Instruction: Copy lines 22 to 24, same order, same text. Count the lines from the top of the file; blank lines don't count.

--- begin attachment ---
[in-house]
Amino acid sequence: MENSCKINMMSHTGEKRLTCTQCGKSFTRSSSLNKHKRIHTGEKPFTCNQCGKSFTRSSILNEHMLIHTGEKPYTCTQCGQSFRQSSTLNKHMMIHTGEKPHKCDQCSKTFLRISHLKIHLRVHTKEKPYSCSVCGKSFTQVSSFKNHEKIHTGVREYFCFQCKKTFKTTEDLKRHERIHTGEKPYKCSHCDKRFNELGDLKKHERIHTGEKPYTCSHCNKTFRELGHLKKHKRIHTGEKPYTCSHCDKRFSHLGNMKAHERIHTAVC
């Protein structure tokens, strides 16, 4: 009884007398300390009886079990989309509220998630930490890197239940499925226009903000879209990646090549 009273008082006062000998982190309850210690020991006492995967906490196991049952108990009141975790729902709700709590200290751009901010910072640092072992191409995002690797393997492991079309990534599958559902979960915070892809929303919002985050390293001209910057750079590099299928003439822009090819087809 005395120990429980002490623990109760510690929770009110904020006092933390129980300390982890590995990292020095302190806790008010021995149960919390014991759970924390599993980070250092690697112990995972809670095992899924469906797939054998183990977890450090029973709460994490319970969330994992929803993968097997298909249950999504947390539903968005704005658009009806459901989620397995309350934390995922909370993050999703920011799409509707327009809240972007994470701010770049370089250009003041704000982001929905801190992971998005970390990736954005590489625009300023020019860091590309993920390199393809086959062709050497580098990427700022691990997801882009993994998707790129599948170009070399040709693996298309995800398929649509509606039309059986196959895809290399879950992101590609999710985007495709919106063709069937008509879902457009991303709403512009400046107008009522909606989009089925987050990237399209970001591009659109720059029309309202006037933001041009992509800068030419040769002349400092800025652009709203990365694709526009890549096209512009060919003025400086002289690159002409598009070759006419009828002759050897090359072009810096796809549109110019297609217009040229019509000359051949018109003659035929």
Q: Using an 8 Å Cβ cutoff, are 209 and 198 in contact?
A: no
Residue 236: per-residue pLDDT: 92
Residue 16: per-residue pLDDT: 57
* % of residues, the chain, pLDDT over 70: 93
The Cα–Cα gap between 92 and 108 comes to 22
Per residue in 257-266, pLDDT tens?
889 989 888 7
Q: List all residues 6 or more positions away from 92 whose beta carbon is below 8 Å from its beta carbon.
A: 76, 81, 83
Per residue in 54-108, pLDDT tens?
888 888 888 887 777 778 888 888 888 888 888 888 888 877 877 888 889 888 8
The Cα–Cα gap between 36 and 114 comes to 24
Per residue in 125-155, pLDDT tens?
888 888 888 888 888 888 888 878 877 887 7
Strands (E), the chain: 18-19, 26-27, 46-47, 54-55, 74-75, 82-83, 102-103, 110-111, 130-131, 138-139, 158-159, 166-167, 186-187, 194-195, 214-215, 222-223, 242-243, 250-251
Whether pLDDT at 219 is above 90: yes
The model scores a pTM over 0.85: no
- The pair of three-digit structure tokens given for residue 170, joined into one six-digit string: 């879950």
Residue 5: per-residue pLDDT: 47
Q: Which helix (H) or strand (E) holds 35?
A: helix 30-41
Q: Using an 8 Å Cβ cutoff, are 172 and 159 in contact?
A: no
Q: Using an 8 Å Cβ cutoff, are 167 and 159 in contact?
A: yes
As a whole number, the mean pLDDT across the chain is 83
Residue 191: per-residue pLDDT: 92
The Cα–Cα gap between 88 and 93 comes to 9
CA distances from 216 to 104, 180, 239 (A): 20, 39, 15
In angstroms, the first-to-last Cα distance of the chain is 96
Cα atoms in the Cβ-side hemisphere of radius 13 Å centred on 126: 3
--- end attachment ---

- The pair of three-digit structure tokens given for residue 170, joined into one six-digit string: 């879950």
Residue 5: per-residue pLDDT: 47
Q: Which helix (H) or strand (E) holds 35?